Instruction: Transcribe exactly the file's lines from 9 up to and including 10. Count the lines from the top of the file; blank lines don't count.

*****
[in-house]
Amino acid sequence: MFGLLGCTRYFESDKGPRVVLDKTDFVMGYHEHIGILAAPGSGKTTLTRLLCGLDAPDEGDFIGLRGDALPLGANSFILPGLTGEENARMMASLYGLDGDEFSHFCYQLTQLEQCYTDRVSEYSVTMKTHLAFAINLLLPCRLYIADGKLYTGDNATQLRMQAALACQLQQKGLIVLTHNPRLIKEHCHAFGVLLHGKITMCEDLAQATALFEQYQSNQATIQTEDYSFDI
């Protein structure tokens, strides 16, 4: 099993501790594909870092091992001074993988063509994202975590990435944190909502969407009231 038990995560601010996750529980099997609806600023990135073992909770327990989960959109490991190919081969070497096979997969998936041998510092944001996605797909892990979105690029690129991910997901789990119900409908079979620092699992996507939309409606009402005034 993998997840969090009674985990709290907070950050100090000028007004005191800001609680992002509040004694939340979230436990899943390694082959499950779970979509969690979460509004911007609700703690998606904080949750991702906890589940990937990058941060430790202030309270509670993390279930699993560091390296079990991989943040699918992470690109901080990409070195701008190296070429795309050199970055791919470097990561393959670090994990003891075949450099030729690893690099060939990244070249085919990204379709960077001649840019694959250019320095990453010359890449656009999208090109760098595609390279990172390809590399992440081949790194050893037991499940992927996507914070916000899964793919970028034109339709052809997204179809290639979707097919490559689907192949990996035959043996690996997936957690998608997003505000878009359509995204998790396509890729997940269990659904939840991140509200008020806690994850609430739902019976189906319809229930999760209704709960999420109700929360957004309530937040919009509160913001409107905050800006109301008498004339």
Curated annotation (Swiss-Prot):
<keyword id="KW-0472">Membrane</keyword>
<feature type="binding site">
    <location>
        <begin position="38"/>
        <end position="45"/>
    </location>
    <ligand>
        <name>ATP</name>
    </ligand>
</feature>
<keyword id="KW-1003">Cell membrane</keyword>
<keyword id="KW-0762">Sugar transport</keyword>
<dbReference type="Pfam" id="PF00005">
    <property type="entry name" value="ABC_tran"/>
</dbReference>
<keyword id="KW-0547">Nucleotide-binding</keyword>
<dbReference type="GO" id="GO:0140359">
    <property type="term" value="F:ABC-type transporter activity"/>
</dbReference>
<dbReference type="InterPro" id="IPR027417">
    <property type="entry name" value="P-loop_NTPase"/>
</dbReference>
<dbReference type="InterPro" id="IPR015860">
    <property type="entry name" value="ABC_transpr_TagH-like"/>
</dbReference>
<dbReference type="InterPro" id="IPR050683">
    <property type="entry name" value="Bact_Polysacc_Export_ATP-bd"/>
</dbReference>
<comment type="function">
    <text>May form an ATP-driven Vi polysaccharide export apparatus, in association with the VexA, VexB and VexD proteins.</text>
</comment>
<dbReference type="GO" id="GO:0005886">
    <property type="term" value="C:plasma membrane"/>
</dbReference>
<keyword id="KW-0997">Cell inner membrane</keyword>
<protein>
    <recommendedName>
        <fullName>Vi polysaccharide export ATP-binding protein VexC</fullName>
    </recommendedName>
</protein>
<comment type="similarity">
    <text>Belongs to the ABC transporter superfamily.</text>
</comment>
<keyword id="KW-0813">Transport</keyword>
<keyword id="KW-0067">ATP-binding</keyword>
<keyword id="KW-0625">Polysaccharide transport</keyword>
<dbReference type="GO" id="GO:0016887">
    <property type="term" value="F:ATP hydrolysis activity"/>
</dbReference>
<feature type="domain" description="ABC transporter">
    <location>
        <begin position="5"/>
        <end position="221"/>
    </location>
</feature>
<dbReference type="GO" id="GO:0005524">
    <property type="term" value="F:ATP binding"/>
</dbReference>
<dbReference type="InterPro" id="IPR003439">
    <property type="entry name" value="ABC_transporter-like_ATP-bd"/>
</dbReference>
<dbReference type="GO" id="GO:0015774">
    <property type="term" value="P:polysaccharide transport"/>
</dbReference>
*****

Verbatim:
        <end position="45"/>
    </location>